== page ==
Monday, March 31, 2008

The Way We Were

So per expectation we were back in court on April 2
- April 1 would have been so apropo -
to ask Dad to tell us, when may we go America's Cup yachting?

United Internet Team Germany closed the base and all sailor contracts as of March 31. New Zealand's Grant Dalton says his team could be back up and running almost instantly, given cause. But there isn't any cause. Pierre Orphanidis attended the press conference in Valencia of Desafio Español and reports that the Spanish team has got itself hooked up with a real yacht club for the next go-round and will occupy space over the next couple of seasons by representing its sponsors on the TP52 and GP42 circuits.

BMW Oracle is meanwhile physically on the water for training in Lorient, France with the Formula 60 trimaran, Groupama 2, and Alinghi is set back after flipping Alain Gautier's Formula 60, Foncia, off Lorient last week, and everybody's mad at somebody and eventually the America's Cup itself will again be fine, for a while.

Could take a while. And no, there's not a sked for when Justice Herman Cahn will come back with a go/no go ruling for 2008 versus 2009, the dispute du jour between the only two players on the field.

Remember the long ago, all-smiley days of the "Moet Cup"? The first round of what would become the Acts? People not on the scene were pretty sniffy toward it because it wasn't "the real thing," but in fact it was a form of the real thing and it turned out just dandy. I lifted this pure-nostalgia pic (you'd have to use Photoshop to replicate it) from Richard Spindler over at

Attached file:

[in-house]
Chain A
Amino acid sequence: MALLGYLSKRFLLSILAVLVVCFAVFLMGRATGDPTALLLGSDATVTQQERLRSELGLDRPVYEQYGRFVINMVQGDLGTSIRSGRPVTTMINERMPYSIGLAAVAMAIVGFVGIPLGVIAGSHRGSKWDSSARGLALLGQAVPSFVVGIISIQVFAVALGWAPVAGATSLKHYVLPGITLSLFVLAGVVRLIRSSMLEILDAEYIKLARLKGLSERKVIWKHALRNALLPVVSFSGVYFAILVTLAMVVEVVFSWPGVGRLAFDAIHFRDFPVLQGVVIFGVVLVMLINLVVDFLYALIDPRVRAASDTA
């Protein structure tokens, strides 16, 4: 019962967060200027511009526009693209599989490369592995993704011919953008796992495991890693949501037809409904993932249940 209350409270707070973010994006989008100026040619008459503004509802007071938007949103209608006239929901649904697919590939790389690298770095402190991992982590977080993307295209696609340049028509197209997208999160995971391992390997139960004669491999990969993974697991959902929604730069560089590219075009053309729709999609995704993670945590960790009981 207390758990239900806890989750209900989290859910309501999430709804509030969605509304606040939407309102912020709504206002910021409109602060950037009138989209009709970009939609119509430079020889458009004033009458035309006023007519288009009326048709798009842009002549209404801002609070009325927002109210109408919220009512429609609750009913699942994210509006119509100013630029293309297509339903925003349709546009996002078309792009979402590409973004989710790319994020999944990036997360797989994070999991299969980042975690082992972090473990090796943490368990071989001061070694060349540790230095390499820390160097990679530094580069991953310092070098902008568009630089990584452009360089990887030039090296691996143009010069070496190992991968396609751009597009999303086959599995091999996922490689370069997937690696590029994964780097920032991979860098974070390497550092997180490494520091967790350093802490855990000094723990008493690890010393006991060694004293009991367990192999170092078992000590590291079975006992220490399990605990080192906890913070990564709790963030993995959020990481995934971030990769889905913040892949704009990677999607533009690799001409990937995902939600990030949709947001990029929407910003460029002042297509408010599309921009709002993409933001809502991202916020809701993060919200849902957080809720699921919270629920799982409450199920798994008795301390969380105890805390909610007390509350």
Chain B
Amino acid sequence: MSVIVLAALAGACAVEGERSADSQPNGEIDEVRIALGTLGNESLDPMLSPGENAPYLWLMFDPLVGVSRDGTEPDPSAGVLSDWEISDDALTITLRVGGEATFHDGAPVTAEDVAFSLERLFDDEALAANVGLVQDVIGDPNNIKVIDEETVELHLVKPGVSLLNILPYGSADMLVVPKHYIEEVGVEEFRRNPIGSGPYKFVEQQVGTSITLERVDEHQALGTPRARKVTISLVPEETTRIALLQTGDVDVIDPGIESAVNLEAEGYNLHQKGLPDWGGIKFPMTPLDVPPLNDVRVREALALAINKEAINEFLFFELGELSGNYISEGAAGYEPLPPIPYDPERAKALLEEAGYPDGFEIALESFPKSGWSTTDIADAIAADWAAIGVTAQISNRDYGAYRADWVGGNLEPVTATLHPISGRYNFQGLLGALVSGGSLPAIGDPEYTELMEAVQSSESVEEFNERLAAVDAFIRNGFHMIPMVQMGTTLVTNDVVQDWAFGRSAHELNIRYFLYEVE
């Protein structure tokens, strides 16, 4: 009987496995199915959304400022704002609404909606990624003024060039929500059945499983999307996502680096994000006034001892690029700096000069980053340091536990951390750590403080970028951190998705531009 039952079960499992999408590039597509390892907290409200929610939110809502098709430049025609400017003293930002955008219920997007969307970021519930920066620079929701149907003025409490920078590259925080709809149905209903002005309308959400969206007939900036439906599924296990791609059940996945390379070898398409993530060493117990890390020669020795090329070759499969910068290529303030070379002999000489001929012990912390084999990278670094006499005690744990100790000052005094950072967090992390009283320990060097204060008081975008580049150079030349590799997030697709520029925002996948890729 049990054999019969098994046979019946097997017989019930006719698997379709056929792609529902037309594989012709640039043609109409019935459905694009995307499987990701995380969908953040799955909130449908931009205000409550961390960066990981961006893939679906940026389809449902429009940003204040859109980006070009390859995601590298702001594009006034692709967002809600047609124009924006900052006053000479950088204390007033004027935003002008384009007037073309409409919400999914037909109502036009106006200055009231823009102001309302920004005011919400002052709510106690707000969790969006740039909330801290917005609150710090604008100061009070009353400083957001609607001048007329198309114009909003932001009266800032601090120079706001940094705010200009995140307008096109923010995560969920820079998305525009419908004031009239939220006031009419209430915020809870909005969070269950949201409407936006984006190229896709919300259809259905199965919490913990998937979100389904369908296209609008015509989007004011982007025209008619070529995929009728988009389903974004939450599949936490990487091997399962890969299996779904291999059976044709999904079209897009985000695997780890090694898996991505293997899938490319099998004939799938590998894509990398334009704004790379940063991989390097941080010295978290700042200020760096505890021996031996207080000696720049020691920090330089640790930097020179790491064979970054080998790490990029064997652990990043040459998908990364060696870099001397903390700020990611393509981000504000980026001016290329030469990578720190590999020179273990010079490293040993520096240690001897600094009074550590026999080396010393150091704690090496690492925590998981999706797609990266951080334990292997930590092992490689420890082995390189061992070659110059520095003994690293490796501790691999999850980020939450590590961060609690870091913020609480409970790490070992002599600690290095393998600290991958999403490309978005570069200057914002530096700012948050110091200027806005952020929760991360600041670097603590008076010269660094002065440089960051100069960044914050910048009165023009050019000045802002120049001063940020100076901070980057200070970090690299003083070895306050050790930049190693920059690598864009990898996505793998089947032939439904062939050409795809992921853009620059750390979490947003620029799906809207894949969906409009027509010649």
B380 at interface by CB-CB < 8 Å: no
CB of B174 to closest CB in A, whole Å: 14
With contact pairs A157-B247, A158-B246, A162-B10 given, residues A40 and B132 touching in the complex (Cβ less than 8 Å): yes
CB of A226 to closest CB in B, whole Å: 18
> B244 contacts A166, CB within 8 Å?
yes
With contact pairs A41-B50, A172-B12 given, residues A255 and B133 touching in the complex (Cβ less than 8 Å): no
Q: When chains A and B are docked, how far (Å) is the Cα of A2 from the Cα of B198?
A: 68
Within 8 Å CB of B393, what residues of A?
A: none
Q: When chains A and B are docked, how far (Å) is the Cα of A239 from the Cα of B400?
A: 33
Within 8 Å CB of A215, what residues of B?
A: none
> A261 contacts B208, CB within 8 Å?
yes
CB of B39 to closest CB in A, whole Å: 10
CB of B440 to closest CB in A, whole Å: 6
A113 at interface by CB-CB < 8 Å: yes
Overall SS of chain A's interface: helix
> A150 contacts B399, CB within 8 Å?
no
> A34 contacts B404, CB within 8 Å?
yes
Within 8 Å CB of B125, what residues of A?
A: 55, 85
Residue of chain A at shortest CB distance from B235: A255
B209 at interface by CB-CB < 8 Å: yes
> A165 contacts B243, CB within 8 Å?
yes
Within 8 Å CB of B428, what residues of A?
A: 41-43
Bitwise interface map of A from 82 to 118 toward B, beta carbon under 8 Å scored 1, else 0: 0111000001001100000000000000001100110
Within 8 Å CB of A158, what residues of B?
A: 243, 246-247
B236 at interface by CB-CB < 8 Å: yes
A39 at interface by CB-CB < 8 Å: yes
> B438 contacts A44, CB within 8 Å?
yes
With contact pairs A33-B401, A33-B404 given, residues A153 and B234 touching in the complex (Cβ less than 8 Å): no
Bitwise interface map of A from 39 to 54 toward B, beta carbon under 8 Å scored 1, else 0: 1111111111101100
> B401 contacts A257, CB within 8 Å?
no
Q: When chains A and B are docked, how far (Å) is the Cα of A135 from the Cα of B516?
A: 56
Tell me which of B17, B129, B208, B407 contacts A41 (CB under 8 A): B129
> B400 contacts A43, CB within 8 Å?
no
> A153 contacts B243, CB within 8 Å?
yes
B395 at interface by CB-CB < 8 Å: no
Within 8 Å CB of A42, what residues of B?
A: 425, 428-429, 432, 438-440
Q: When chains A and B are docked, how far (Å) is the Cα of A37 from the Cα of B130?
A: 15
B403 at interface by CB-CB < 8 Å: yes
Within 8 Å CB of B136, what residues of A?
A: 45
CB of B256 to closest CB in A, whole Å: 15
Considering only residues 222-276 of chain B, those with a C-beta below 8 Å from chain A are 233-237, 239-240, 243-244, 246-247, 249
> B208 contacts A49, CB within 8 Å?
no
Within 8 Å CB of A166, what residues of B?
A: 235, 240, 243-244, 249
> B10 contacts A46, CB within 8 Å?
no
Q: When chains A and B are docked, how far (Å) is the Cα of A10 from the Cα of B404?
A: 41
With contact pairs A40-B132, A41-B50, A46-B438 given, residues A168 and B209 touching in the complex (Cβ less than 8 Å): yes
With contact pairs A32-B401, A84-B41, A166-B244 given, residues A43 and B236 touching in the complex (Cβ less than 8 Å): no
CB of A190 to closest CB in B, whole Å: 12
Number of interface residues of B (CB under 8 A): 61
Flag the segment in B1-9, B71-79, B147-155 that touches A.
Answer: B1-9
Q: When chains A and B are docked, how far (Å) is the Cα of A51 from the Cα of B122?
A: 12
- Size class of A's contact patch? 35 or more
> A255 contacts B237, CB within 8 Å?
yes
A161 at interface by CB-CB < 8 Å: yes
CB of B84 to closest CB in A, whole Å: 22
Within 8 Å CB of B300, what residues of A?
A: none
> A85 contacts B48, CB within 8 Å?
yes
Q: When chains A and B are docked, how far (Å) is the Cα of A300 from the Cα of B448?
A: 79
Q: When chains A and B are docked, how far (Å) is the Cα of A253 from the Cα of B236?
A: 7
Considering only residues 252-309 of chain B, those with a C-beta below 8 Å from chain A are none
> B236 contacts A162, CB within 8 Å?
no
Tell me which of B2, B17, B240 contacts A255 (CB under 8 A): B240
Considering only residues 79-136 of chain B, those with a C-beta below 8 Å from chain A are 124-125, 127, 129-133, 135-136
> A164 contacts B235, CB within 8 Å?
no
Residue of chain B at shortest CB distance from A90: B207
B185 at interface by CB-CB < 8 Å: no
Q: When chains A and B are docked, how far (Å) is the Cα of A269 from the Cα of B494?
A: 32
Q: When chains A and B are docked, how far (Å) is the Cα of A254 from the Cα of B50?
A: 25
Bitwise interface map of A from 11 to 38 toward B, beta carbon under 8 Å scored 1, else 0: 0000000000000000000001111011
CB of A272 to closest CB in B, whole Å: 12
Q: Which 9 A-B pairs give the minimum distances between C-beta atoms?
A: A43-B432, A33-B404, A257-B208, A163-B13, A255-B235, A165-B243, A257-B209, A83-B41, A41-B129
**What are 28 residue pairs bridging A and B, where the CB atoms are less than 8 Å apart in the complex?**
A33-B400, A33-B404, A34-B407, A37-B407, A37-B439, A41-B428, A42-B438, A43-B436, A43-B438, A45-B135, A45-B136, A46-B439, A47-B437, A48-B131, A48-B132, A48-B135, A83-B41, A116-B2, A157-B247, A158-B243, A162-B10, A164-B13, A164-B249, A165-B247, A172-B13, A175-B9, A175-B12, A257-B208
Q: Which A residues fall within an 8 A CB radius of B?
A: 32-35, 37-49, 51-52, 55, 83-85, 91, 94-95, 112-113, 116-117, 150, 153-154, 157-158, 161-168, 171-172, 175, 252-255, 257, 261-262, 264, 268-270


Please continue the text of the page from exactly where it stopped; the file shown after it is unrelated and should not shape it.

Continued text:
Latitude 38 . . .

© Richard Spindler/Latitude 38

Then in an orgy of self-abuse I went back and reread these words, written when I was so much younger, from a posting in which I also noted that Al Jazeera fer crimineez sakes was covering the America's Cup:

Valencia, España
July 1, 2007

I woke up this morning and I felt so alive. I couldn't wait to get down to the port, and when I got here the place was already humming. Even the events that followed—no racing, the breeze never settled in, and we had a long wait—even that couldn't bring me down. No sir. I've seen America's Cup racing revolutionized twice now, and this is the real deal. The pre-events that built up a viable challenger fleet, and then the match itself, with races fought down to the last broken tooth and hangnail. Yes, Alinghi is up 4 races to 2 and needs just one more win to defend the Cup, but I doubt that Mr's Bertaralli, Butterworth, and Baird, sitting at the back of Alinghi, would want to resail those last two races that they won. Win them again they might, or might not. What more can you ask of a sporting contest?

And I reckon somebody out there is gagging right now because I sound like a cheerleader, so here, let me lend you a fork for that. The America's Cup has been debunked generation after generation, but you can't rationalize it away any more than you can rationalize it.

I'm not alone. Mark Chisnell has been doing a bangup job of analyzing the racecourse action in America's Cup 32, and when I sent him a note of appreciation, he answered simply: "It's not often something comes along where you just want to do it justice."

Excuse me. I have to go now. This hammer is wearing out and I need a new one so I can keep hitting myself over the head—Kimball